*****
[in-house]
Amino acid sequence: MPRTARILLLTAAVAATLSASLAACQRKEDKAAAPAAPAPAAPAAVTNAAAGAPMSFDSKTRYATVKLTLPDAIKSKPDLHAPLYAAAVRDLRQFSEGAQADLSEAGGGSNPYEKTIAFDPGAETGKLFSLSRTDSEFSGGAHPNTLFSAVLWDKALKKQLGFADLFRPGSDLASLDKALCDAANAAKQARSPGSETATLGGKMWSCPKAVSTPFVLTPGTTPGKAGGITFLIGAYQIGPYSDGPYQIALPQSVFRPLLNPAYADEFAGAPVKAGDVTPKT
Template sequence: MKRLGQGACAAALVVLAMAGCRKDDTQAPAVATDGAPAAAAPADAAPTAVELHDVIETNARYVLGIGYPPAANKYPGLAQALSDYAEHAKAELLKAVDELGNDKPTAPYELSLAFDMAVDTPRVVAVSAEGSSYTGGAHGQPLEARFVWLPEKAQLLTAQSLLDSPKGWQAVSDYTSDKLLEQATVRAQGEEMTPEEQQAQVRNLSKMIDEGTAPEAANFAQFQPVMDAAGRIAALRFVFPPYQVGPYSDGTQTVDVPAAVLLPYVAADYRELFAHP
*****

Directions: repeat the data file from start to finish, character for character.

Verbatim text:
[in-house]
Amino acid sequence: MPRTARILLLTAAVAATLSASLAACQRKEDKAAAPAAPAPAAPAAVTNAAAGAPMSFDSKTRYATVKLTLPDAIKSKPDLHAPLYAAAVRDLRQFSEGAQADLSEAGGGSNPYEKTIAFDPGAETGKLFSLSRTDSEFSGGAHPNTLFSAVLWDKALKKQLGFADLFRPGSDLASLDKALCDAANAAKQARSPGSETATLGGKMWSCPKAVSTPFVLTPGTTPGKAGGITFLIGAYQIGPYSDGPYQIALPQSVFRPLLNPAYADEFAGAPVKAGDVTPKT
Template sequence: MKRLGQGACAAALVVLAMAGCRKDDTQAPAVATDGAPAAAAPADAAPTAVELHDVIETNARYVLGIGYPPAANKYPGLAQALSDYAEHAKAELLKAVDELGNDKPTAPYELSLAFDMAVDTPRVVAVSAEGSSYTGGAHGQPLEARFVWLPEKAQLLTAQSLLDSPKGWQAVSDYTSDKLLEQATVRAQGEEMTPEEQQAQVRNLSKMIDEGTAPEAANFAQFQPVMDAAGRIAALRFVFPPYQVGPYSDGTQTVDVPAAVLLPYVAADYRELFAHP